A Clinical Study on Islanded Reverse Sural Artery Flap for the Reconstruction of Defects over the Lower Third of Leg and Foot PC01-PC06
Dr. Surya Rao Rao Venkata Mahipathy,
Professor, Department of Plastic and Reconstructive Surgery, Saveetha Medical College and Hospital,
Thandalam, Kanchipuram, Chennai-602105, Tamil Nadu, India.
Introduction: The islanded reverse sural artery flap is a versatile, relatively simple procedure, useful in reconstruction of lower third leg, heel, tendo achilles region, malleoli and hind foot defects because of the long vascular pedicle. The surgical technique is safe, of short duration and provides alternative to microsurgical reconstruction.
Aim: To study the versatility and applications of islanded reverse sural artery flaps in the reconstruction of distal third leg, heel and foot defects.
Materials and Methods: A prospective study was conducted between October 2007 to March 2010, 26 patients with moderate sized skin and soft tissue defects in the distal third of leg and foot were treated with Islanded Reverse Sural Artery Flap at Government Chengalpattu Medical College, Tamil Nadu, India. The flap was planned in reverse, after marking with Doppler and procedure was performed. Factors like size of defect, length and width of pedicle, comorbid factors and complications were taken into account for the study.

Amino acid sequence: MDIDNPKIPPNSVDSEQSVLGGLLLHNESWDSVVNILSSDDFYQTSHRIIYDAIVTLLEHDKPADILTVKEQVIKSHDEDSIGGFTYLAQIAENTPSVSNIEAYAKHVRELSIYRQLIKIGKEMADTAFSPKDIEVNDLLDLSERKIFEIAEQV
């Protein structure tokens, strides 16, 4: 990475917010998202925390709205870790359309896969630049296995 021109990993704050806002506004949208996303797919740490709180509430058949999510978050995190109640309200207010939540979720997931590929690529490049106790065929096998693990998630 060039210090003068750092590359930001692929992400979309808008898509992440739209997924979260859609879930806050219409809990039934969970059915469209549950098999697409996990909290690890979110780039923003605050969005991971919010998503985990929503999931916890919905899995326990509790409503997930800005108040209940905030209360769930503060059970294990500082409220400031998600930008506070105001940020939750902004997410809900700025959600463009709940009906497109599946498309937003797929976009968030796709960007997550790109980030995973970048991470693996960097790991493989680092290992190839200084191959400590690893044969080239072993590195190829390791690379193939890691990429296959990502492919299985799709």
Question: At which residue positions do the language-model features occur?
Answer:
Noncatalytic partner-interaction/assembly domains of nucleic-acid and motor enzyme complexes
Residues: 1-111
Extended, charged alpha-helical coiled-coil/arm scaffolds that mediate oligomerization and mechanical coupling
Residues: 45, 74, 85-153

Results: Most of the flaps were done on post traumatic defects. Around 80% of the flaps had settled well with no or minimal donor site morbidity. Increasing age, co-morbid factors, narrow pedicle and arc of rotation of about 180 degrees all caused an increased complication rate which varied from 10 to 38%.
Conclusion: Islanded reverse sural artery flap with its wide arc of rotation can provide cover to lower third of leg, heel and foot defects, thereby, reducing the need for staged cross leg flap and other flaps. It is a reliable and versatile flap in the hands of reconstructive surgeon to provide good quality skin cover for defects of the leg and foot with acceptable donor site morbidity in a single stage.